#13
REVIEW
Akira Kuriyama, Noriyuki Umakoshi, Rao Sun
BACKGROUND: Corticosteroid administration before elective extubation has been used to prevent postextubation stridor and reintubation. We updated a systematic review to identify which patients would benefit from prophylactic corticosteroid administration before elective extubation. METHODS: We searched PubMed, EMBASE, the Wanfang Database, the China Academic Journal Network Publishing Database, and the Cochrane Central Register of Controlled Trials for eligible trials from inception through February 29, 2016...
May 2017: Chest
https://www.readbyqxmd.com/read/28174032/emergency-medicine-myths-epinephrine-in-cardiac-arrest
#14
Brit Long, Alex Koyfman
BACKGROUND: Sudden cardiac arrest accounts for approximately 15% of deaths in developed nations, with poor survival rate. The American Heart Association states that epinephrine is reasonable for patients with cardiac arrest, though the literature behind its use is not strong. OBJECTIVE: To review the evidence behind epinephrine for cardiac arrest. DISCUSSION: Sudden cardiac arrest causes over 450,000 deaths annually in the United States. The American Heart Association recommends epinephrine may be reasonable in patients with cardiac arrest, as part of Advanced Cardiac Life Support...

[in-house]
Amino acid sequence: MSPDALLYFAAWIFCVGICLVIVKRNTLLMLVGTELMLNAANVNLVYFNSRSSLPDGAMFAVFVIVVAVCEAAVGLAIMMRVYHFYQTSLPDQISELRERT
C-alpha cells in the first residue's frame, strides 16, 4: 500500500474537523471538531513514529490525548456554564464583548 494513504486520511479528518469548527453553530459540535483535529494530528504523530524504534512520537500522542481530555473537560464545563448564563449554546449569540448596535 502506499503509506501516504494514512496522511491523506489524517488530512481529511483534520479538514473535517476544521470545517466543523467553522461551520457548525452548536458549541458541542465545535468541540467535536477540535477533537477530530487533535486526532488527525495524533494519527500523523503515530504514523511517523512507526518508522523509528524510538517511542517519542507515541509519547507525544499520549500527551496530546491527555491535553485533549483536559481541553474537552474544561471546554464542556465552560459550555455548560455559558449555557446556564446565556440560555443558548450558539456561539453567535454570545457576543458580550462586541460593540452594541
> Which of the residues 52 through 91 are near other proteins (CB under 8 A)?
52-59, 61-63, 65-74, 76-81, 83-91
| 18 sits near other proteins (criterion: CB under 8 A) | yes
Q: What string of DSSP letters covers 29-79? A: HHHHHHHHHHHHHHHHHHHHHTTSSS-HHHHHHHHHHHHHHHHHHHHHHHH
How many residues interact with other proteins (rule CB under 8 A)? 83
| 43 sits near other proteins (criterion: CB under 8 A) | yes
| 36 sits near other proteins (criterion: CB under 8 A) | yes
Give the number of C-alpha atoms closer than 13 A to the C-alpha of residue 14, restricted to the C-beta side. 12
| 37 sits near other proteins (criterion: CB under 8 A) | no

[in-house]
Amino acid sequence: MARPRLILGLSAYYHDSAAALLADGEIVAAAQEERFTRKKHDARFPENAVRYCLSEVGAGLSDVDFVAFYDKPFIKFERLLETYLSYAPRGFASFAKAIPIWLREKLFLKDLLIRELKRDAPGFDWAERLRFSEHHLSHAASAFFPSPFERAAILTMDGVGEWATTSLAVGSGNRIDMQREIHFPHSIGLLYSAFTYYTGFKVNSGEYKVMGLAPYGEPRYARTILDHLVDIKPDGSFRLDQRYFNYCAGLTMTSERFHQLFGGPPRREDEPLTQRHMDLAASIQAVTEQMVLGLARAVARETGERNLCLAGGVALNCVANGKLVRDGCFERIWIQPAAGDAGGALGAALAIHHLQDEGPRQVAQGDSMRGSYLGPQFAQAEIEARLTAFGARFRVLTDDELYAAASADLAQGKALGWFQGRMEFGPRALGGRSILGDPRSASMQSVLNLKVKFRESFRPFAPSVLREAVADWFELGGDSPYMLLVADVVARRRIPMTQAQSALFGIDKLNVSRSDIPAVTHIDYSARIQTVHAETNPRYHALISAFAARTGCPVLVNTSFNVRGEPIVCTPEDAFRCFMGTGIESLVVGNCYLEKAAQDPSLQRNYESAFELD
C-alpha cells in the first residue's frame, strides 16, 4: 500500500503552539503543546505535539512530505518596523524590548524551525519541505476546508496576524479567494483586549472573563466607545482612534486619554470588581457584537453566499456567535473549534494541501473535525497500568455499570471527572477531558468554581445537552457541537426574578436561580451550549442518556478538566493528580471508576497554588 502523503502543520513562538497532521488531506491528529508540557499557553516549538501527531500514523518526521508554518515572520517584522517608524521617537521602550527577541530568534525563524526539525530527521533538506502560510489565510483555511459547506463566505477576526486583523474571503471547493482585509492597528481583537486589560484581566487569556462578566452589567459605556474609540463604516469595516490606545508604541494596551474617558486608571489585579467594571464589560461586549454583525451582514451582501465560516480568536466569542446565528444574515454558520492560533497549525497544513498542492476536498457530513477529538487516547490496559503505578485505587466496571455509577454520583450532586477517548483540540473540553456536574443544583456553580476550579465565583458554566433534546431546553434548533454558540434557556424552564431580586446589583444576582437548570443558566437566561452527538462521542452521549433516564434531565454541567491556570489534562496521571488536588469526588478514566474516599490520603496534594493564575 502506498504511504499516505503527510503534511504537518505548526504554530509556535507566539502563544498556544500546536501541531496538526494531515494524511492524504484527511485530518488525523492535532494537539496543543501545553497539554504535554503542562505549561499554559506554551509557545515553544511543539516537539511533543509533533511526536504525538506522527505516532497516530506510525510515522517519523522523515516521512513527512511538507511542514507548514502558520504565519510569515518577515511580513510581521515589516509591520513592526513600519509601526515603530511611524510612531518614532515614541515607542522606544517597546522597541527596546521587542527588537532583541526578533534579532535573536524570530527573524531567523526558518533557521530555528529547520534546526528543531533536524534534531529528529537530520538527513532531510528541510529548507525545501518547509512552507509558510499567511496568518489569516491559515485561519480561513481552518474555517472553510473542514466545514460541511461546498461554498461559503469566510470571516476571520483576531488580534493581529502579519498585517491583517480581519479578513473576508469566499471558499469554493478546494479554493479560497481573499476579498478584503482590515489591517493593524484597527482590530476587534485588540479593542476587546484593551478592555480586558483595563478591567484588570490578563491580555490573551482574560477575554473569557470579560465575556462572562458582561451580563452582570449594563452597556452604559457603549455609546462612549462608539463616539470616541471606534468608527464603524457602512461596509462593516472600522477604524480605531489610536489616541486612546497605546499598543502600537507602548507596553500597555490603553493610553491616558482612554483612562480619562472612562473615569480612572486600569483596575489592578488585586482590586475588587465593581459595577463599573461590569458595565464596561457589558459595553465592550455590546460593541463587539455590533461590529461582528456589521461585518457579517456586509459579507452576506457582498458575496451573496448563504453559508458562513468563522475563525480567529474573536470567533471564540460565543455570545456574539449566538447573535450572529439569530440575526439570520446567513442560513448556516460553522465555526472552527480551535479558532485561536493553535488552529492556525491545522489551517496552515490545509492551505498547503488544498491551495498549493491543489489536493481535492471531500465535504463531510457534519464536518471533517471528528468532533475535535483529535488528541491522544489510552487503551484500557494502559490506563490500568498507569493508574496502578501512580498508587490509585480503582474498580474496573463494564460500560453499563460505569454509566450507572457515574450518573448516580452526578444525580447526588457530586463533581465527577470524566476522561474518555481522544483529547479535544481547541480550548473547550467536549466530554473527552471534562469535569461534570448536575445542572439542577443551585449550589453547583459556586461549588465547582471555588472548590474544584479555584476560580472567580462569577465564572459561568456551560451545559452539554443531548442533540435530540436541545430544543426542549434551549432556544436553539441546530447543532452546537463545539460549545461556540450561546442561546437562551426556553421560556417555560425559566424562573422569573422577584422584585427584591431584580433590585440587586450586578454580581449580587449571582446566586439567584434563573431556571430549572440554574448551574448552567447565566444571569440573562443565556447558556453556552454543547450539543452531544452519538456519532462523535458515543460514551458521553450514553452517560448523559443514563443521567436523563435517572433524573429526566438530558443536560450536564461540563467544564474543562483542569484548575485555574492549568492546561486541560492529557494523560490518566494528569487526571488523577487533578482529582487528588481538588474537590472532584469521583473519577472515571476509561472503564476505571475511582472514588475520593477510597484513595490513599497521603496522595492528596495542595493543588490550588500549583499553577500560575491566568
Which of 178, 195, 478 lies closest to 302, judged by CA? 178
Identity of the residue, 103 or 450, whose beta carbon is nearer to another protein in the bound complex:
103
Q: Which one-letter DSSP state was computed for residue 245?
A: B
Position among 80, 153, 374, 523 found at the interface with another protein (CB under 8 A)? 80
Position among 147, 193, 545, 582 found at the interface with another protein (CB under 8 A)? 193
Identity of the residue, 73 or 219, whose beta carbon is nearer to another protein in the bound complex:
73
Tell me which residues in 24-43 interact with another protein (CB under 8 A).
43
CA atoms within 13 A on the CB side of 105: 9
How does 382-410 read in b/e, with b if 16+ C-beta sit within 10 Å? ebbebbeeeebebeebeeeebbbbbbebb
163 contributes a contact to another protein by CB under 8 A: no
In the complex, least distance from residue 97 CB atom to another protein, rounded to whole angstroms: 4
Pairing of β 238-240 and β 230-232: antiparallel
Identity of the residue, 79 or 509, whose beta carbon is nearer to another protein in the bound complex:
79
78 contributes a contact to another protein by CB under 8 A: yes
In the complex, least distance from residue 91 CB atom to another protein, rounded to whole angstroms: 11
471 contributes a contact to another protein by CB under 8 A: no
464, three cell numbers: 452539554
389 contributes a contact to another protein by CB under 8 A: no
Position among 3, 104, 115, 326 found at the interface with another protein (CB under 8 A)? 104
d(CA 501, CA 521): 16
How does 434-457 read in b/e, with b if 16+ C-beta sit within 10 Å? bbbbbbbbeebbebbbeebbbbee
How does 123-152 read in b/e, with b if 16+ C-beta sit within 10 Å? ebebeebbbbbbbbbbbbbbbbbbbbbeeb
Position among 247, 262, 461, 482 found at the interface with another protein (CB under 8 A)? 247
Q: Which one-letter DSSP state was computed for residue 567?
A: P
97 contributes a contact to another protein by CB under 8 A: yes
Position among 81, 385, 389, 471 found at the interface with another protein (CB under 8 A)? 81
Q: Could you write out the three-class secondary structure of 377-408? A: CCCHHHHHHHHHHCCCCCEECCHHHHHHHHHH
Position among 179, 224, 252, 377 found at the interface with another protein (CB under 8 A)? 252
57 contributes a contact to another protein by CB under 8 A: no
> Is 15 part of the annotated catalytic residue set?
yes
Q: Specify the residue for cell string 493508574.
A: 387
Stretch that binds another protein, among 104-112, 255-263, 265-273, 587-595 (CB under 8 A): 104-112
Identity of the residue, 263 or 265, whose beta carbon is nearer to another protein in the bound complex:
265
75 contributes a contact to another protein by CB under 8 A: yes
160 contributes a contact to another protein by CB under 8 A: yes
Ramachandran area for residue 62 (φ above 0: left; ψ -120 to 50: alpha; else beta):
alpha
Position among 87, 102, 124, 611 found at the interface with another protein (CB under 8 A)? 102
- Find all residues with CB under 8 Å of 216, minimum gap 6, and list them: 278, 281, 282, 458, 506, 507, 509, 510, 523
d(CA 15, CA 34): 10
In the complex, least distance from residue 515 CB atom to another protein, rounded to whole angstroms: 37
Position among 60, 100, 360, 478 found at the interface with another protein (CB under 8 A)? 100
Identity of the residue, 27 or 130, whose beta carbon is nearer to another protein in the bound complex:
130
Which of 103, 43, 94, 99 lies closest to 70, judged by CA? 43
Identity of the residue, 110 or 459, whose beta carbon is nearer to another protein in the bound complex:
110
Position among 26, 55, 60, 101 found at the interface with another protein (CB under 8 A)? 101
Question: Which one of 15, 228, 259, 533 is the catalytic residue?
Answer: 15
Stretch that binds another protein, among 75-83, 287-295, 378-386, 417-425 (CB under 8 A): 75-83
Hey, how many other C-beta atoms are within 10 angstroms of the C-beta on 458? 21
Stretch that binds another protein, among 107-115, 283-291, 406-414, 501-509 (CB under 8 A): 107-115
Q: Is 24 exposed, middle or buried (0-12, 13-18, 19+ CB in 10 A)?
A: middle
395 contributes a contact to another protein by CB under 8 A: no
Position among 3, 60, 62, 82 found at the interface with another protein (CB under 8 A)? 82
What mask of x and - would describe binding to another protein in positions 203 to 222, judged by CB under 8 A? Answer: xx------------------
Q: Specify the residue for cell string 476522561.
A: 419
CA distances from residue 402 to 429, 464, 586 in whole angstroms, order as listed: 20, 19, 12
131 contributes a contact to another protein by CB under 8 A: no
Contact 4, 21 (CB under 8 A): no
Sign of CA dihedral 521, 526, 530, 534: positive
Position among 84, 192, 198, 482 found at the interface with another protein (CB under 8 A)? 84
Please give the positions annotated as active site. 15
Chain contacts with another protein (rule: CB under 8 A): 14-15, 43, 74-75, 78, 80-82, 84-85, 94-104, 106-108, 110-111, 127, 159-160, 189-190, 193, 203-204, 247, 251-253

February 4, 2017: Journal of Emergency Medicine
https://www.readbyqxmd.com/read/22370007/factors-complicating-interpretation-of-capnography-during-advanced-life-support-in-cardiac-arrest-a-clinical-retrospective-study-in-575-patients
#15
Bård E Heradstveit, Kjetil Sunde, Geir-Arne Sunde, Tore Wentzel-Larsen, Jon-Kenneth Heltne